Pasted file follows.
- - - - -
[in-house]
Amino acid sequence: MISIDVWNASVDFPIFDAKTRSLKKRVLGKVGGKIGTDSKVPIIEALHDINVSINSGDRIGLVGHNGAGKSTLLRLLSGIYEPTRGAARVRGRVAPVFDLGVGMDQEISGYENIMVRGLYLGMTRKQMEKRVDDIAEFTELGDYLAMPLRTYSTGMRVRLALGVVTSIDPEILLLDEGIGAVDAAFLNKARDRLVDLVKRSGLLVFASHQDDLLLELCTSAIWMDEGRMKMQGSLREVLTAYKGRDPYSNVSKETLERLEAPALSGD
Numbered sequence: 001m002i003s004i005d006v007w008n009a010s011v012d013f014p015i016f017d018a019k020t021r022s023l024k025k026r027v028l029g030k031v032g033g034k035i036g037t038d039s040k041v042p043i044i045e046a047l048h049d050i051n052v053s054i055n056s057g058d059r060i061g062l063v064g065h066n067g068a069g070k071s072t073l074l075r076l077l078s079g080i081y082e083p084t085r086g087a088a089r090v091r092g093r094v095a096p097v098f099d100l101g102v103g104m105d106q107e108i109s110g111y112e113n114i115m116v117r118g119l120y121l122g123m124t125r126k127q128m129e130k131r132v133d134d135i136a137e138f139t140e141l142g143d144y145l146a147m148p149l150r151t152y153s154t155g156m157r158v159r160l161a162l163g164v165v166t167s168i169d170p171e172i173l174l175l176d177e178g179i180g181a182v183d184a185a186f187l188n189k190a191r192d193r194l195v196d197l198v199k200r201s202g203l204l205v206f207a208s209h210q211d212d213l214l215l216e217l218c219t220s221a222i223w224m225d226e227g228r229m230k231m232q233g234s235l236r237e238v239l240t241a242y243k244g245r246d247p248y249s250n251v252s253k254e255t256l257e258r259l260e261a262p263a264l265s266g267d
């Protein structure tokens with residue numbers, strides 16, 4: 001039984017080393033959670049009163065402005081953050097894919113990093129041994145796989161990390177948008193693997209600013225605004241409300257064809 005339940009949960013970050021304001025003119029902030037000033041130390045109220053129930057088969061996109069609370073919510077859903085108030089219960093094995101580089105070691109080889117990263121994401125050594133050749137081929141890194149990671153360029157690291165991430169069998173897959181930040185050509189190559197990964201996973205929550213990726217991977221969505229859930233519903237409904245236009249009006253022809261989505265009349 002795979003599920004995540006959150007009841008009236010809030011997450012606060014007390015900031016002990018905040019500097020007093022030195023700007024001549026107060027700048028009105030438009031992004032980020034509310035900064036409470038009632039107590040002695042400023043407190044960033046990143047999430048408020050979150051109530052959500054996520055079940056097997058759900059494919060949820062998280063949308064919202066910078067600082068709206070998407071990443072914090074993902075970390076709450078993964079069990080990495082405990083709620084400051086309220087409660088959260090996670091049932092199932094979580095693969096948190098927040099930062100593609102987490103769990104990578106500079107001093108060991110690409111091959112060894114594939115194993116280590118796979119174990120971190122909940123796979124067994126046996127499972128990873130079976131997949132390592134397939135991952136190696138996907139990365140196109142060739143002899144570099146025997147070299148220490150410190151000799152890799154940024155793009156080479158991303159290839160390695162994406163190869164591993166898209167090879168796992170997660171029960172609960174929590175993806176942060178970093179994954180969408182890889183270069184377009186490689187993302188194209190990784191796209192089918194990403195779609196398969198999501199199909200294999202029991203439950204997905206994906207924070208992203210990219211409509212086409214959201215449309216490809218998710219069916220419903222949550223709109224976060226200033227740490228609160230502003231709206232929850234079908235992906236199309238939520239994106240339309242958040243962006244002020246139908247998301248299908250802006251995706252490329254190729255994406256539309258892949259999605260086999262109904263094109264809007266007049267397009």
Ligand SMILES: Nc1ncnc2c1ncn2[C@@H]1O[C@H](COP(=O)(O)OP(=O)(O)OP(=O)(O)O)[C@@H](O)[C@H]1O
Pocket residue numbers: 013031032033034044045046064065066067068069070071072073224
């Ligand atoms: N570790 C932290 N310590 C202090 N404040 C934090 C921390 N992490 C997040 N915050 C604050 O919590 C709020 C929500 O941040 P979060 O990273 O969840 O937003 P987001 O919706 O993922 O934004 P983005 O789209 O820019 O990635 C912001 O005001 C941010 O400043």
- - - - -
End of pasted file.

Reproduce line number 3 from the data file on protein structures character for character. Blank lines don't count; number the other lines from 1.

Numbered sequence: 001m002i003s004i005d006v007w008n009a010s011v012d013f014p015i016f017d018a019k020t021r022s023l024k025k026r027v028l029g030k031v032g033g034k035i036g037t038d039s040k041v042p043i044i045e046a047l048h049d050i051n052v053s054i055n056s057g058d059r060i061g062l063v064g065h066n067g068a069g070k071s072t073l074l075r076l077l078s079g080i081y082e083p084t085r086g087a088a089r090v091r092g093r094v095a096p097v098f099d100l101g102v103g104m105d106q107e108i109s110g111y112e113n114i115m116v117r118g119l120y121l122g123m124t125r126k127q128m129e130k131r132v133d134d135i136a137e138f139t140e141l142g143d144y145l146a147m148p149l150r151t152y153s154t155g156m157r158v159r160l161a162l163g164v165v166t167s168i169d170p171e172i173l174l175l176d177e178g179i180g181a182v183d184a185a186f187l188n189k190a191r192d193r194l195v196d197l198v199k200r201s202g203l204l205v206f207a208s209h210q211d212d213l214l215l216e217l218c219t220s221a222i223w224m225d226e227g228r229m230k231m232q233g234s235l236r237e238v239l240t241a242y243k244g245r246d247p248y249s250n251v252s253k254e255t256l257e258r259l260e261a262p263a264l265s266g267d